Of Human Bondage: How The Retrieval Succeeds Where 12 Years a Slave Failed

04/02/2014 10:00 AM |

the retrieval movie chris eska tishuan scott ashton sanders slavery

In an early scene of The Retrieval, an unusual movie about slavery that opens today at Film Forum, a white slavehunter is pushing and punching his latest catch just because he can when his white boss shoots him in the shoulder, noting that the “slave” (his word is more vile) is worth $600—and he ain’t. The story of American slavery is often told in movies, but rarely with the knottiness it is here. The unforgivable, inexcusable, unqualifiable evil is usually presented, as recently as 12 Years a Slave, with a focus on its abject abhorrence: the blacks as victims, beaten, raped, robbed of dignity; the whites, save a token savior, their loathsome oppressors.

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But the ethics aren’t so easily broken down by race in The Retrieval: an old white lady with a shotgun mans a stop on the Underground Railroad, and a bunch of white men take custody of the runaways she’s hiding; those black runaways are sold out by our black heroes, a pair of freemen (well, a freeman and a freeboy), who make a living helping to catch and turn in the escaped unfree. This isn’t to suggest that all peoples bore equal culpability for this dark period of shameful history, whose implications still reverberate in American culture, but that like anything in real life it was fraught with unexpected complexity—which is the basis of good storytelling. Within unimaginably horrid circumstances, they’re getting by the best they can; reprehensible as their actions may seem on their surface, they’re sympathetic. It’s about getting painted into a corner, and learning you can walk through the paint.

Writer-director Chris Eska, a white guy from a supersmall town in Texas, doesn’t dwell on the inherent violence the way 12 Years or Django Unchained did, trusting the audience instead to know and understand the stakes. That said, death and war hang over the film, its sounds echoing through evening forests, bodies floating by or lying still on stumbled-upon battlefields. Ashton Sanders plays a teenager under the care of his uncle, played by Keston John; the two go far from camp on the instructions of their employer to bring back a freeman played by Tishuan Scott, who has a pricey bounty on his head, using a phony story about his brother falling ill. What ensues is a preautomobile road movie through ironically picturesque backcountry (it was shot in rural Texas), where the nascent War Between the States might erupt without warning.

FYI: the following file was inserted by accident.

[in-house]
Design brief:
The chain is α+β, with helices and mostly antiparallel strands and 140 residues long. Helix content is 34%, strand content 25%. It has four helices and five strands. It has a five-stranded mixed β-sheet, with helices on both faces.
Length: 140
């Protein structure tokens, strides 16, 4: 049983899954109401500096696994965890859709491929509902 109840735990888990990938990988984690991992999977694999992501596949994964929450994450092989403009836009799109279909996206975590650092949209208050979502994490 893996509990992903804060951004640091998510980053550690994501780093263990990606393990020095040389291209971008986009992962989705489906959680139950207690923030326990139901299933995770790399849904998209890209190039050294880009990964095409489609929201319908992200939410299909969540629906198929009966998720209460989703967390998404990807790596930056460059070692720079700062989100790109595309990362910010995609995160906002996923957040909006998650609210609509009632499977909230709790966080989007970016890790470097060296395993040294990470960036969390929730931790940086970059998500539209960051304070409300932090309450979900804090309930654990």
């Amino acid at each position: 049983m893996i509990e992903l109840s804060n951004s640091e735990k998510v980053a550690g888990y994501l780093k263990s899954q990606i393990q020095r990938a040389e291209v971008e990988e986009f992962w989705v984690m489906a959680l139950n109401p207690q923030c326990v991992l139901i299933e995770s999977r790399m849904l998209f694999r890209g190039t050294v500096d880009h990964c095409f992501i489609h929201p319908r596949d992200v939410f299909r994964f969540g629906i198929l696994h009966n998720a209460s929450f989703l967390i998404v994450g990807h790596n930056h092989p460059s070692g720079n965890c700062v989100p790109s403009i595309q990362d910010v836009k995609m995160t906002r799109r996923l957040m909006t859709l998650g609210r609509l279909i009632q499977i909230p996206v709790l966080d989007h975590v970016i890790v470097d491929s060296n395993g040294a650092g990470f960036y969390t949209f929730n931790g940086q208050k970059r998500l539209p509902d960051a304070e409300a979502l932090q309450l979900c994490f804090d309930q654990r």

What makes this movie a triumph of its genre is that it’s not a movie about slavery so much as a movie about people, set against that historical period. (Tellingly, Steve McQueen first intended to make a movie about slavery and then discovered Solomon Northup’s extraordinary story; Eska worked backward from his themes. He even considered setting this movie in 1970s India, or on the present-day Texas-Mexico border.) The Retrieval is informed by the attitudes of the 1860s but only insofar as they define its characters and the choices they must make. No one preaches, characters or director; instead, character is established by action—it’s a human story. There’s the veritable orphan in search of a father; an alienated, isolated man in need of a companion; and their budding relationship, built on dishonesty, that foundational lie driving the drama and the tension. In its hard-hitting understatement, this film exposes the feel-better prestige-pic grandstanding of our most recent Best Picture winner, and what a humble, honest movie set within a similar milieu looks like in comparison. You don’t leave the film feeling any less awful about slavery in the United States—you just don’t feel as emotionally manipulated.

Follow Henry Stewart on Twitter @henrycstewart

4 Comment

  • You might call it manipulation, but slavery in the u.s. was based on a manipulation. First of all, let’s talk about the fact that 12 years isn’t fiction and the director use the veracity of the story to create something approaching veritas. You might feel manipulated but the present, and thus your critique, is based on the false hope that actually it can’t be true that The Atlantic Slave trade was one of the worst things that ever existed in human history and it was perpetrated by your ancestors. Yes, complexity always defines our present, but that present is undoubtably shaped by the past. It runs in your blood.